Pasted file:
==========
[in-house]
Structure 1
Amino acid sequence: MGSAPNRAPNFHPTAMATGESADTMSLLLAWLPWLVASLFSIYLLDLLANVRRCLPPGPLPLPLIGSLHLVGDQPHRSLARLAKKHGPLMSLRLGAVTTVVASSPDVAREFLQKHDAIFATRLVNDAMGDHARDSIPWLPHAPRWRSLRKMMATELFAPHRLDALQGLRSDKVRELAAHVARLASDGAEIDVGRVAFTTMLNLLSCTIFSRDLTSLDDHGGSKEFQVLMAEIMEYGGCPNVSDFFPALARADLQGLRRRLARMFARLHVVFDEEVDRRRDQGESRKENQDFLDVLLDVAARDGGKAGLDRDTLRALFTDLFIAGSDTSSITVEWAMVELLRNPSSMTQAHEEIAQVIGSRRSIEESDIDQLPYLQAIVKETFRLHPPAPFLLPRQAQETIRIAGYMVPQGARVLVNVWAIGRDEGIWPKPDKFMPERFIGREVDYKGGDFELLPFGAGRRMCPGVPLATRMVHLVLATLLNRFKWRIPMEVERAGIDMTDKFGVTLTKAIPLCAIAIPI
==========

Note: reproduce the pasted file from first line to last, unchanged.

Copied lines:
[in-house]
Structure 1
Amino acid sequence: MGSAPNRAPNFHPTAMATGESADTMSLLLAWLPWLVASLFSIYLLDLLANVRRCLPPGPLPLPLIGSLHLVGDQPHRSLARLAKKHGPLMSLRLGAVTTVVASSPDVAREFLQKHDAIFATRLVNDAMGDHARDSIPWLPHAPRWRSLRKMMATELFAPHRLDALQGLRSDKVRELAAHVARLASDGAEIDVGRVAFTTMLNLLSCTIFSRDLTSLDDHGGSKEFQVLMAEIMEYGGCPNVSDFFPALARADLQGLRRRLARMFARLHVVFDEEVDRRRDQGESRKENQDFLDVLLDVAARDGGKAGLDRDTLRALFTDLFIAGSDTSSITVEWAMVELLRNPSSMTQAHEEIAQVIGSRRSIEESDIDQLPYLQAIVKETFRLHPPAPFLLPRQAQETIRIAGYMVPQGARVLVNVWAIGRDEGIWPKPDKFMPERFIGREVDYKGGDFELLPFGAGRRMCPGVPLATRMVHLVLATLLNRFKWRIPMEVERAGIDMTDKFGVTLTKAIPLCAIAIPI